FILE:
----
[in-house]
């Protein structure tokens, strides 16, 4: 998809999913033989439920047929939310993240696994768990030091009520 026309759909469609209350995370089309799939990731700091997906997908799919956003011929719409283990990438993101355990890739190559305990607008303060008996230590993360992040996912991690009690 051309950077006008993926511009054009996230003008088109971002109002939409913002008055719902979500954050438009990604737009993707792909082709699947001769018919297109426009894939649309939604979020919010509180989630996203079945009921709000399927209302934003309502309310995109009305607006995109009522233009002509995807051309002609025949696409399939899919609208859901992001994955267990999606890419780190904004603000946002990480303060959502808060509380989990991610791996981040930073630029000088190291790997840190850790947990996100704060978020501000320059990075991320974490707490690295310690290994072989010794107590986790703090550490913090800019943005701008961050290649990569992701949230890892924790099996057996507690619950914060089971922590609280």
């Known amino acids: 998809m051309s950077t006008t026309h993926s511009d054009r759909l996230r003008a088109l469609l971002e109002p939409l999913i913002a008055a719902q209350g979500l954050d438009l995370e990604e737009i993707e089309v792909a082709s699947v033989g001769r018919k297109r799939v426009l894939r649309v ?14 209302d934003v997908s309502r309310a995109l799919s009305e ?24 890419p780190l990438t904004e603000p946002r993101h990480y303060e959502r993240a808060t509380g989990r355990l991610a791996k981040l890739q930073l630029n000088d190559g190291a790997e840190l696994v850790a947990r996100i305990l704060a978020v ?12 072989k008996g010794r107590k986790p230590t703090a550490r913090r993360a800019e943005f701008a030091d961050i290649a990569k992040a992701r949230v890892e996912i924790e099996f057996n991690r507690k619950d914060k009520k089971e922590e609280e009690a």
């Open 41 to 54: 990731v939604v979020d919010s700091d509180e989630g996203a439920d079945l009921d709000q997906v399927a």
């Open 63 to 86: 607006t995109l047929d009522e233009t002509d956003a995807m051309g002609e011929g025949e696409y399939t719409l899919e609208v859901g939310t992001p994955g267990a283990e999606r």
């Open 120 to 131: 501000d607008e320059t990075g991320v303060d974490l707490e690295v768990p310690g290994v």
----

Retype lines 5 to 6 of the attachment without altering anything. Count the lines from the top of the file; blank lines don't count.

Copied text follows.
């Open 63 to 86: 607006t995109l047929d009522e233009t002509d956003a995807m051309g002609e011929g025949e696409y399939t719409l899919e609208v859901g939310t992001p994955g267990a283990e999606r």
């Open 120 to 131: 501000d607008e320059t990075g991320v303060d974490l707490e690295v768990p310690g290994v």